The following very interesting memorandum was received on 5th April 2013 from Grant H. Palmer, and is shared here with his permission.
Grant is a renowned LDS historian, and is author of "An Insider's View of Mormon Origins", which is referred to in the following memorandum. Further details of that book may be found here:
Three Meetings with a LDS General Authority, 2012- 2013…
An Open Letter to Europe Area Presidency by Chris Ralph.
In two parts:
Initial Open Letter (below) sent 28th August 2012
Second (Follow-up) Open Letter sent 5th October 2012 ( http://stevebloor.wordpress.com/2012/10/04/a-second-open-letter-to-the-europe-area-presidency/)
Initial Open Letter
Posted on August 28, 2012
(Please Re-Post, Tweet, Share & Re-Blog to help us reach as many General Authorities, Priesthood Leaders & members as possible.)
Last week, a blogger by the name of Josh Weed, posted a personal story that quickly went viral. Why? Because Josh Weed came out as a gay Mormon man who is happily married to a woman. I’ve decided to write a response to Weed’s story, not so much because of what he said, but mainly for what was not said: his omissions and the implications of his story on the wider LDS and LGBT communities.
You can read his story on his blog, The Weed, here: Club Unicorn: In which I come out of the closet on our ten year anniversary.
The 2011 Brodie Award nominations are in, and I’m in two categories! If you have enjoyed reading my blog, you can vote for me in the following two categories:
Best New Blog: Progressive ExMormon
Most Poignant Personal Story: “Life After Death“
The third annual Brodie Awards are to highlight excellent work from all over the LDS-interest internet (both critical and apologetic views). The awards are named after Fawn M. Brodie, who authored one of the first comprehensive (and critical) biography on Joseph Smith entitled, “No Man Knows My History”.
Unfortunately, I didn’t win the Brodie Award in either category, but would like to congratulate all those who won. You can click here to see the list of the winners.
An Insider’s View of Mormon Origins, by Grant H. Palmer, is a solid overview of the documented facts surrounding Joseph Smith Jr., the Book of Mormon, and the beginnings of the Mormon religion. With Palmer being a practicing member of The Church of Jesus Christ of Latter-day Saints, a three-time director of the LDS Institutes of Religion, a former LDS seminary teacher, and a member of the Mormon History Association, I was fully expecting his book to be an apologetic view of Mormon origins, which I’m pleased to say was not the case. Palmer lays out a very well researched and referenced exposé of the foundational aspects of Mormonism that would make any ‘anti-Mormon’ proud.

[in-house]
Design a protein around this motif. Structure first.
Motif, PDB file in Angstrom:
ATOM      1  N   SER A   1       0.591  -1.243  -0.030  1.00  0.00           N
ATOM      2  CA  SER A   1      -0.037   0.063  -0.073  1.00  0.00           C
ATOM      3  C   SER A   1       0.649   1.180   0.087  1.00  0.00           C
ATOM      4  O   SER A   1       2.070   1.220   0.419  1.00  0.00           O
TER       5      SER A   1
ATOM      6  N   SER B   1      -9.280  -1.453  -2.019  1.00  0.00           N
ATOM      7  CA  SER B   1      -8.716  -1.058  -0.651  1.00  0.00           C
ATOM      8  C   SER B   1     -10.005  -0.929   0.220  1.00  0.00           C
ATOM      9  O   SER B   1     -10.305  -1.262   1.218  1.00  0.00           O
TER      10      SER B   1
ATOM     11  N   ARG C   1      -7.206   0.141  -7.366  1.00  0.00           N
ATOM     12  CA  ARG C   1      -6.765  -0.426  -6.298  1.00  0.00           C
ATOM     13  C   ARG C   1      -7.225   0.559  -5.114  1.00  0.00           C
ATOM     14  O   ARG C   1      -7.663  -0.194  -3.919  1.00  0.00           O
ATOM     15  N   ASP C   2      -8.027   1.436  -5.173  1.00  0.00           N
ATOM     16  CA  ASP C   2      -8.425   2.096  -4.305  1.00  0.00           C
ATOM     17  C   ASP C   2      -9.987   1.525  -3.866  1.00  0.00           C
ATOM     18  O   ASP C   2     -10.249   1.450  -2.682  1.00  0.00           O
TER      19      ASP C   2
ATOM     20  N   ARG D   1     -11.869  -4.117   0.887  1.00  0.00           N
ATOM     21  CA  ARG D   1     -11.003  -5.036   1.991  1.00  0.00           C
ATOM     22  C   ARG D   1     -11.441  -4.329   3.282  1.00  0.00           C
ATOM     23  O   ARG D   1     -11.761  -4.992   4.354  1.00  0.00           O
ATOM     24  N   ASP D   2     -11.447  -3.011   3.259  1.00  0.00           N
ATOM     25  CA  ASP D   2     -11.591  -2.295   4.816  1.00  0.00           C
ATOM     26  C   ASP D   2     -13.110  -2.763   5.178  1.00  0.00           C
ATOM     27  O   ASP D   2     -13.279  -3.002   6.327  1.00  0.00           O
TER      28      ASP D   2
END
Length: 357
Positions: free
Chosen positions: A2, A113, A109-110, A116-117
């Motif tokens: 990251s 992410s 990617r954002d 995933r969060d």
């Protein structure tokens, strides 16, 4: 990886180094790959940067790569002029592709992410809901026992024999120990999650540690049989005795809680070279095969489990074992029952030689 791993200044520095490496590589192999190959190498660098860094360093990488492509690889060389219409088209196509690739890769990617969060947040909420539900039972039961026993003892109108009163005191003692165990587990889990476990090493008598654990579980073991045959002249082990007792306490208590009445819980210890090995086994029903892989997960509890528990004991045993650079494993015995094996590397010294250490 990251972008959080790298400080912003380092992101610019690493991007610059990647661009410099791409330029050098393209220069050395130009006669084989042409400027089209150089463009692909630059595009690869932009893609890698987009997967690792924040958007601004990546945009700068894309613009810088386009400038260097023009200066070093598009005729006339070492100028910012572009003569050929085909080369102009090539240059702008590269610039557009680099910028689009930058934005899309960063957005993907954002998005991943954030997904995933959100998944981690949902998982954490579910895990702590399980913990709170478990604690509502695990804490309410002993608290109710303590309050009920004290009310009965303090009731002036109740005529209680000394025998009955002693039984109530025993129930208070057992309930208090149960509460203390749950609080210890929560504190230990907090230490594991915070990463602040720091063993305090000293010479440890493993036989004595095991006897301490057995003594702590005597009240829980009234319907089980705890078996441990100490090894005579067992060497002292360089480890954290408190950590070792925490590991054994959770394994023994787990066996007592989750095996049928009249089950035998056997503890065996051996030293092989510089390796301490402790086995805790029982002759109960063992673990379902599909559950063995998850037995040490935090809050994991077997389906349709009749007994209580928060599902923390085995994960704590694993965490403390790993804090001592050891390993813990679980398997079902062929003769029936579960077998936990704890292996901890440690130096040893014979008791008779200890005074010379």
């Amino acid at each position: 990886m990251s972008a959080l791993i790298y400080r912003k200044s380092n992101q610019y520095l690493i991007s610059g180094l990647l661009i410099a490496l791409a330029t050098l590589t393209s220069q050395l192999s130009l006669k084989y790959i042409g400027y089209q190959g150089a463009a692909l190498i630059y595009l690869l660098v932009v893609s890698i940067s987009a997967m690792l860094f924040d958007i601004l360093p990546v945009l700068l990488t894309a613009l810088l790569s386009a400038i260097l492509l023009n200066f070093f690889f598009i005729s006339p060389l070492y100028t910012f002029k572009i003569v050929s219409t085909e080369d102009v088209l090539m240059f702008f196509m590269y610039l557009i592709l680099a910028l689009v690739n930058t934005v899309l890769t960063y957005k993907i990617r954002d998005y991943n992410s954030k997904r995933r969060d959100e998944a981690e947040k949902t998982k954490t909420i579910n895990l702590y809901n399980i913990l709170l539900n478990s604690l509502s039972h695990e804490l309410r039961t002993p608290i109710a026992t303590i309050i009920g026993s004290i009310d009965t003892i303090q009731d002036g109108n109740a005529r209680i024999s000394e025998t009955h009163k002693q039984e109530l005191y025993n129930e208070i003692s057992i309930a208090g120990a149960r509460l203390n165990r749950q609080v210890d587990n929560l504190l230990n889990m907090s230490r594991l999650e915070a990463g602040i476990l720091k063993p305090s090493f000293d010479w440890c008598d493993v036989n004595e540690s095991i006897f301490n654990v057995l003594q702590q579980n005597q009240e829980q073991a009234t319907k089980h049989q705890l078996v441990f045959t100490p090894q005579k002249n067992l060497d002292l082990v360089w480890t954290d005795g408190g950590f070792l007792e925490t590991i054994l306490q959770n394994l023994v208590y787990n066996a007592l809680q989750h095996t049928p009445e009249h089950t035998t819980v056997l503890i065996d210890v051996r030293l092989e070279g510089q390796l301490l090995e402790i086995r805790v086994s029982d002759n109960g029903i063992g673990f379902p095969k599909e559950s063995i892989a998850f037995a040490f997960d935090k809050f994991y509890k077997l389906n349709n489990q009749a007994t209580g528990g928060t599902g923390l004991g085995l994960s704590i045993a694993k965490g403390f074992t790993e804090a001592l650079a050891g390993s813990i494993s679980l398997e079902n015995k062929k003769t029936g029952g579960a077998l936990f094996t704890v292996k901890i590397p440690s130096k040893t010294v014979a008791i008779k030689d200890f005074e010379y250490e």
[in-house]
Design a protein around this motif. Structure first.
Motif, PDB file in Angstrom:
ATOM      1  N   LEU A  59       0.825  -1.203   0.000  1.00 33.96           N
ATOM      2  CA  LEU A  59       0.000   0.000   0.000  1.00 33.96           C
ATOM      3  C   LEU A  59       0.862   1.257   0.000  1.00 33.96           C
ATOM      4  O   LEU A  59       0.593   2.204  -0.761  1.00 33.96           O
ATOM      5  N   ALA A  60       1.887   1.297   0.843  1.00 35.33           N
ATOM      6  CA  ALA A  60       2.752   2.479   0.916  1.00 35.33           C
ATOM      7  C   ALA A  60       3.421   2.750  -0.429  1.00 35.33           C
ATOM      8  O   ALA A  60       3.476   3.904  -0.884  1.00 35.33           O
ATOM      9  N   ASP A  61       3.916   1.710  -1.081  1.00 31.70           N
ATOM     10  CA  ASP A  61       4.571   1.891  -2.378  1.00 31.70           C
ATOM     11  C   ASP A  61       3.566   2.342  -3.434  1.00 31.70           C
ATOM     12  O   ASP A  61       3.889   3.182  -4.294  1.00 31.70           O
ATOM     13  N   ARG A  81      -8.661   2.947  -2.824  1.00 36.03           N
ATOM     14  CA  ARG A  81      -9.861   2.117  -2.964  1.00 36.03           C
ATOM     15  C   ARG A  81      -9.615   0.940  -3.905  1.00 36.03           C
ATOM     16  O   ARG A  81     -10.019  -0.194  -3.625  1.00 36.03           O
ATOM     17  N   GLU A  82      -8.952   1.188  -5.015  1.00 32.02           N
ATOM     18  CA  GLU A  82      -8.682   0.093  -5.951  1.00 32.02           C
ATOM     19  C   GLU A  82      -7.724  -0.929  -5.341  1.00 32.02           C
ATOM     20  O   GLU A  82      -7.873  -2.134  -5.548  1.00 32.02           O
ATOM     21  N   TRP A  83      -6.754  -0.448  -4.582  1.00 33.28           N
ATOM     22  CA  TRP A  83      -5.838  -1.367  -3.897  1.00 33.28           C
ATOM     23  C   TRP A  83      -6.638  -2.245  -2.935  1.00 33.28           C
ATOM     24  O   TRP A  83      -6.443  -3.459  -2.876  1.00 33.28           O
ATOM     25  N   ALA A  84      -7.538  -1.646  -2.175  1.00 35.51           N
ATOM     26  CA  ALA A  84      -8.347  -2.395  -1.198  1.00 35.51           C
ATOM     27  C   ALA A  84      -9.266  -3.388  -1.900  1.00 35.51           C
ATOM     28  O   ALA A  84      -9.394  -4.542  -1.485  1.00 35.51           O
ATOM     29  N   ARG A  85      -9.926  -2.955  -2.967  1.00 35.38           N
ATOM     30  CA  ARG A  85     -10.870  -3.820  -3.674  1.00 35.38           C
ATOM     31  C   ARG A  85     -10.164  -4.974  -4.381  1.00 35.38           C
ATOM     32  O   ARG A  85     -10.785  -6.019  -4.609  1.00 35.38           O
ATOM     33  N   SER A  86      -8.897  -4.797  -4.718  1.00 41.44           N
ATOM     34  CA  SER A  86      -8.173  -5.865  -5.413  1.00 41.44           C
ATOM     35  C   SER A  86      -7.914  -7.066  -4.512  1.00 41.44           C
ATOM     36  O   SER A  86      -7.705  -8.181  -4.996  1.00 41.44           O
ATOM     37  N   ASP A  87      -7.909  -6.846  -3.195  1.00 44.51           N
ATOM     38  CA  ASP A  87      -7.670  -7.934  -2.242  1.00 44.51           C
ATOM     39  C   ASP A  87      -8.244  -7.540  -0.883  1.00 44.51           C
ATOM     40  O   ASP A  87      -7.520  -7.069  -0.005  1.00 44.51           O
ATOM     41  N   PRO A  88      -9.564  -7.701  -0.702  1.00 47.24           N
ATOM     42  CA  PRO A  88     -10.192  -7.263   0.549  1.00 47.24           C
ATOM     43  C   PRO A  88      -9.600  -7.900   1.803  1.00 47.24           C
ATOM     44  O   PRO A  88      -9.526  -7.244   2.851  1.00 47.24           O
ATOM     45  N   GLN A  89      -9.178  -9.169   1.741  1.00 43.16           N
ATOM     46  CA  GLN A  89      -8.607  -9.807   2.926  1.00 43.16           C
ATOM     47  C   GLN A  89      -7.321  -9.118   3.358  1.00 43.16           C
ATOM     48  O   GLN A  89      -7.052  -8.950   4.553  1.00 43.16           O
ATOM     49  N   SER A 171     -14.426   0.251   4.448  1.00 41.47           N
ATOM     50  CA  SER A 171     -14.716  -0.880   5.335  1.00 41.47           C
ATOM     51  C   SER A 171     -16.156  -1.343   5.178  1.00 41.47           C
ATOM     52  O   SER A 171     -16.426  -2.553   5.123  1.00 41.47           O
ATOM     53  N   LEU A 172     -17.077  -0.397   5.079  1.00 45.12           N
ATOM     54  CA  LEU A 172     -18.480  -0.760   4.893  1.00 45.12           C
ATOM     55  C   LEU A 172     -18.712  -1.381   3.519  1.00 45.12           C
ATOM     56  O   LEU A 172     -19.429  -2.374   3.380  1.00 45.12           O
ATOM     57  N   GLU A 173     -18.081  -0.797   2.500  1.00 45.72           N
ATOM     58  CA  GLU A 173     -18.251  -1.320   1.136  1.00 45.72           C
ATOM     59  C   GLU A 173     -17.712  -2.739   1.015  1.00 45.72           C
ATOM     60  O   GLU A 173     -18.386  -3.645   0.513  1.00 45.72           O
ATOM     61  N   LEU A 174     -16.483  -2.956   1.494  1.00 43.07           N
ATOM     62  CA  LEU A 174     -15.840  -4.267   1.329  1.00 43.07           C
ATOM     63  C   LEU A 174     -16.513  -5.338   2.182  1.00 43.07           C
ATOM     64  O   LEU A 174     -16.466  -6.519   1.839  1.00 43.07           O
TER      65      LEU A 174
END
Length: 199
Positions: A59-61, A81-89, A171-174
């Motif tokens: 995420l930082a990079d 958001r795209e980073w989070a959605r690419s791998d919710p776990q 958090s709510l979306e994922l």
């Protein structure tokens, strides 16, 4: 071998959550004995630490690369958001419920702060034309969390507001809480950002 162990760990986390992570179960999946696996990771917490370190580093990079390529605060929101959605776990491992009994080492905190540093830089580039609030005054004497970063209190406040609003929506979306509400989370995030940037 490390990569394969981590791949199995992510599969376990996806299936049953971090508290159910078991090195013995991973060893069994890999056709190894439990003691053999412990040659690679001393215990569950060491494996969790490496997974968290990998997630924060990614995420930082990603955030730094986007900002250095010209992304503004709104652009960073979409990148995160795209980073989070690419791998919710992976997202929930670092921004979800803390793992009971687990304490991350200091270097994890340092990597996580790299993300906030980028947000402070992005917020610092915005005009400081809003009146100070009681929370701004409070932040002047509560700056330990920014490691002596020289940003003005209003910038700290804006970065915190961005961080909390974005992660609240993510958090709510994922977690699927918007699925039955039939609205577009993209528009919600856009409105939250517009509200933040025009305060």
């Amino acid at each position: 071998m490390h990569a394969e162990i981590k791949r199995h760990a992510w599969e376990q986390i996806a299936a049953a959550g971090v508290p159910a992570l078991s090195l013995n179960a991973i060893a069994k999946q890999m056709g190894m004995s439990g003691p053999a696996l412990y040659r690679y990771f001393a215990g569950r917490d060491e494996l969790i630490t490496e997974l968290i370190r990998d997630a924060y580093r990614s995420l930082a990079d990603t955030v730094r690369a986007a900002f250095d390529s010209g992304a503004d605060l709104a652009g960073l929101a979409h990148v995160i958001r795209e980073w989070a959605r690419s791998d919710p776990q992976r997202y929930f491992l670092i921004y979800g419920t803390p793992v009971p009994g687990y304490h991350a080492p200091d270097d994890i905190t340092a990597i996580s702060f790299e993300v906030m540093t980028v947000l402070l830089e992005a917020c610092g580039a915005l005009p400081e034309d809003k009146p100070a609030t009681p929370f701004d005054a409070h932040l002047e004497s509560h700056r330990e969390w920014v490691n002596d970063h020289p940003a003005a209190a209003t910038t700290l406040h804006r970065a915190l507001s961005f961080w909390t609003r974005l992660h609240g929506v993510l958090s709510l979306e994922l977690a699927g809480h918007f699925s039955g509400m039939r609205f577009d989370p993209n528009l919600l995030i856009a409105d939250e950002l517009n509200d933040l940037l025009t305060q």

I had just celebrated my thirteenth birthday, by having a typical sleep-over party with a few of my friends. We stayed up all night playing NBA Jam on my Sega Genesis, eating junk food, and talking about our lives as eighth-graders. I had no way of knowing that I was a mere nine days from the most devastating and life-changing event of my life; I was about to face reality in a way I never imagined possible.
Tell It All is the heartbreaking autobiography of Fanny Stenhouse. Her story begins with her as a young woman returning home to England, after spending some time in France, to discover that her family had converted to the Church of Jesus Christ of Latter-day Saints. While investigating her family’s new-found faith, she became the object of one of the Elders’ affections. They were soon married and subsequently ‘counseled’ to serve a mission for the Church while in impoverished conditions. It was only after years of whispered rumours (and public denials by apostles) of polygamy being practiced among their American counterparts, that Joseph Smith’s polygamic ‘revelation’ was finally disclosed in England. Her adventures only truly began when she and her husband were later ‘counseled’ to emigrate to the ‘promised land’ of Utah, where she learned, first-hand, the detrimental effects of Brigham Young’s institutionalized polygamy.
LYING is Harris’s latest short-book / long-essay, much in the style of his previous “Letter to a Christian Nation”. I found that he was able to cover nearly all the major aspects to the subject matter while maintaining a very short read, which can be done in a single sitting. I read it entirely in one day’s public transit commute, and it came across much as one of Harris’s longer blog posts.
Due to the short length of the ebook, it did leave me wanting more at the end of each chapter. Though, because of Harris’s concise writing style, I can’t imagine what else there is to say without becoming wordy or redundant. LYING is very well written, something I have come to expect from Harris, and I highly recommend it.
It is my hope that Harris will follow up LYING with another ebook that broadens the scope to include collective misrepresentations, opposed to the individual lies that were addressed in this one.